Fan Kuan (范寬, 范宽, fl. 990-1020) was a Chinese landscape painter during the Song Dynasty (960–1279). Fan is listed as the 59th of the 100 most important people of the last millennium by Life magazine.
Fan Kuan painted a 206.3 cm (about 6.75 feet) landscape known as the Travelers among Mountains and Streams, which is considered one of the finest landscape paintings produced by a Chinese artist. It also became a model for other Chinese artists. Fan based the painting on the Daoist principle of becoming one with nature. When looking at the painting, the viewer realizes how small he or she is compared to the big picture of nature. The painting focuses on the big picture of nature and the world as a whole instead of the individual. The historian Patricia Ebrey explains her view on the painting that the:
...foreground, presented at eye level, is executed in crisp, well-defined brush strokes. Jutting boulders, tough scrub trees, a mule train on the road, and a temple in the forest on the cliff are all vividly depicted. There is a suitable break between the foreground and the towering central peak behind, which is treated as if it were a backdrop, suspended and fitted into a slot behind the foreground. There are human figures in this scene, but it is easy to imagine them overpowered by the magnitude and mystery of their surroundings. (Ebrey, Cambridge Illustrated History of China, 162–163.)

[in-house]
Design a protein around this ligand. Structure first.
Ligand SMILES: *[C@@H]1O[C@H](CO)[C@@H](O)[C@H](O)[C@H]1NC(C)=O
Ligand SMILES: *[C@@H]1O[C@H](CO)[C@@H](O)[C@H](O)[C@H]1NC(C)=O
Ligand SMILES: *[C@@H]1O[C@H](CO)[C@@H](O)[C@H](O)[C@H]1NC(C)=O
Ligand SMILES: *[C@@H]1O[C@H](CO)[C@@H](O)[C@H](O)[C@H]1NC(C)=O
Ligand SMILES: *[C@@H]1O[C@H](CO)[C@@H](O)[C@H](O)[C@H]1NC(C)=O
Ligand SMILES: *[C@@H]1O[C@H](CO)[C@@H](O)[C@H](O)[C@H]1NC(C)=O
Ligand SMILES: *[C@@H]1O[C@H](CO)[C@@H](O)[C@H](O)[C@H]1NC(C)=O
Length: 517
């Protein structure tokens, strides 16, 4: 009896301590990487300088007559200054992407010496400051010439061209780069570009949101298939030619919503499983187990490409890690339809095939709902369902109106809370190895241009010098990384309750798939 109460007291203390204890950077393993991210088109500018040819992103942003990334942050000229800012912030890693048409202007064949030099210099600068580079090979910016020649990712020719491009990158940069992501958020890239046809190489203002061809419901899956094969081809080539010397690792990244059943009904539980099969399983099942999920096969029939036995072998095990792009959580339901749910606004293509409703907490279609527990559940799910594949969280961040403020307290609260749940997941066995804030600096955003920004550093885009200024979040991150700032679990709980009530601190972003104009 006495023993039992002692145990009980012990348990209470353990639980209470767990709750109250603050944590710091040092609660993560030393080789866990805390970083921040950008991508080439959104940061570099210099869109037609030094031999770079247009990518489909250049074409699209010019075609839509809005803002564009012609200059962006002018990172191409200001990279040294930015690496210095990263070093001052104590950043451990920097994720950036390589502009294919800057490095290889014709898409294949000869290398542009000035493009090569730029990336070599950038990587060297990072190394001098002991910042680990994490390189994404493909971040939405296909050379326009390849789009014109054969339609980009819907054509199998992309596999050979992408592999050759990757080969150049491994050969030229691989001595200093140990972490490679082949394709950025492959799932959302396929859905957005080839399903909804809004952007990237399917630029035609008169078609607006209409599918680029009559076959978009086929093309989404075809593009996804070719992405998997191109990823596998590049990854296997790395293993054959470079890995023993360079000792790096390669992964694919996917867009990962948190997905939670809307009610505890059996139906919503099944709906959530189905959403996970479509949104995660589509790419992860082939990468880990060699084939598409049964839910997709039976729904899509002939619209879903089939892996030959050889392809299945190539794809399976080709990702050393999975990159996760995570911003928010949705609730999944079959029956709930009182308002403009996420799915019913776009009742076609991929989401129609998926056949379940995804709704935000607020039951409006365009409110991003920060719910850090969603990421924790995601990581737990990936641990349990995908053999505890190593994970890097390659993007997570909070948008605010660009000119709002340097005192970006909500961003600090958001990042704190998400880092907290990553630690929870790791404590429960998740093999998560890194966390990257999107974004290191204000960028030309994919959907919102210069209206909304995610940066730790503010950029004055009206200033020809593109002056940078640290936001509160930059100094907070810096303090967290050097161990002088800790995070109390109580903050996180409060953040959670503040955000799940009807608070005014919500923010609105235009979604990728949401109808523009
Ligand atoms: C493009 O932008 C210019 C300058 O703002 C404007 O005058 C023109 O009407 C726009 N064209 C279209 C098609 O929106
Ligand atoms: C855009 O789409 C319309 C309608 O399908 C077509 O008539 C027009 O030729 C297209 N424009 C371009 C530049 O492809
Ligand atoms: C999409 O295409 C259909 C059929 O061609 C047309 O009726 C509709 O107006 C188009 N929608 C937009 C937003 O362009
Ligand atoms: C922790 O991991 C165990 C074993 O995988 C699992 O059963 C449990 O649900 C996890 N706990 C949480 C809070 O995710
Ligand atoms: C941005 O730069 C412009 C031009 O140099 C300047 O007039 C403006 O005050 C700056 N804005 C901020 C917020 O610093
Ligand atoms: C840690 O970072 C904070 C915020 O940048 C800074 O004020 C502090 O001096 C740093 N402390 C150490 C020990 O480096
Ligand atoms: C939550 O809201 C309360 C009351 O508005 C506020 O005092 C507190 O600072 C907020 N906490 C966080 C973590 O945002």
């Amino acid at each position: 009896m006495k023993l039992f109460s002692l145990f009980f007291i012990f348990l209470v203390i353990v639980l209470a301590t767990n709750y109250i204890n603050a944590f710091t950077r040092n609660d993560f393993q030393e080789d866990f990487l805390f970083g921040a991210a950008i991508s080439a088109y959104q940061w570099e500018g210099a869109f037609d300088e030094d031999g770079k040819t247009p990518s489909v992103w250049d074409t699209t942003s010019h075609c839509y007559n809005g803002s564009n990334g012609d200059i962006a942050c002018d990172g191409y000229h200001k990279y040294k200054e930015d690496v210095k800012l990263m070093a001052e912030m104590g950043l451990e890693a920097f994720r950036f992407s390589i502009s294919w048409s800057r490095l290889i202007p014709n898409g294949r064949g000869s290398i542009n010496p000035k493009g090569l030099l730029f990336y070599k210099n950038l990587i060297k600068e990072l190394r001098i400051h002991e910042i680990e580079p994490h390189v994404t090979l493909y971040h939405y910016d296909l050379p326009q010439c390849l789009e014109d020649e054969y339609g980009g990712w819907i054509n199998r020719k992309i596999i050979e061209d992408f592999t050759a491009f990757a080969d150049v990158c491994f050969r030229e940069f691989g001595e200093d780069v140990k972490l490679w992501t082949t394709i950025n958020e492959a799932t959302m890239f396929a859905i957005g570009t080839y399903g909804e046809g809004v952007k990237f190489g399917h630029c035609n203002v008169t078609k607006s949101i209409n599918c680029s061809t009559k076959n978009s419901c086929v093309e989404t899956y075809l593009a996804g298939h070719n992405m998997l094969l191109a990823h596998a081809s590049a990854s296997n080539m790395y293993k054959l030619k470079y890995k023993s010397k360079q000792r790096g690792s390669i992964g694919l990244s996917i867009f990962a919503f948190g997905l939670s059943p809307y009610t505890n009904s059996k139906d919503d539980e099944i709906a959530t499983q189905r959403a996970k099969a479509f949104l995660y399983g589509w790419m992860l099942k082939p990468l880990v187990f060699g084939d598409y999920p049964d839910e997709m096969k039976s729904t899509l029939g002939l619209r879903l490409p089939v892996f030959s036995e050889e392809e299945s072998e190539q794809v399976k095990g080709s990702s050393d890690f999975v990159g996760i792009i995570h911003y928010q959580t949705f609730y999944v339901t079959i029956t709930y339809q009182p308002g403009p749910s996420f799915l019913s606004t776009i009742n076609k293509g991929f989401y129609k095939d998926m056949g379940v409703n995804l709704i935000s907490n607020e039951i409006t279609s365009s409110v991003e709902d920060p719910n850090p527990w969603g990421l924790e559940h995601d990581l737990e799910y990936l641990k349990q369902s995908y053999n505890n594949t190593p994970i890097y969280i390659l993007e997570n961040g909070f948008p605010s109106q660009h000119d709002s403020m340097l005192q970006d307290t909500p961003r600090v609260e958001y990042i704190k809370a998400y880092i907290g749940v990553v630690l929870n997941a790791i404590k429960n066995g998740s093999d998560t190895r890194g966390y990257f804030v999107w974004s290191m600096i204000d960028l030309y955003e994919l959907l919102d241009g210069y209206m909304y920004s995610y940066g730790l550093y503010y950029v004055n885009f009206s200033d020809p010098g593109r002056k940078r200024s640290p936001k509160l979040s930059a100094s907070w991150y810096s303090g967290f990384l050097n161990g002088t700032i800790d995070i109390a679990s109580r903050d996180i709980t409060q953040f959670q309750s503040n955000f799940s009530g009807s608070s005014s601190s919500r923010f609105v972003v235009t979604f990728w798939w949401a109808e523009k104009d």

Fan Kuan modeled his work after that of the artist Li Cheng (李成, 919–967) but later concluded that nature was the only true teacher. Fan Kuan spent the rest of his life as a recluse in the Shanxi mountains. Little else is known of his life, except the admiration and love he had for viewing the mountains of northern China.
Artworks by Fan Kuan (view the entire painting gallery)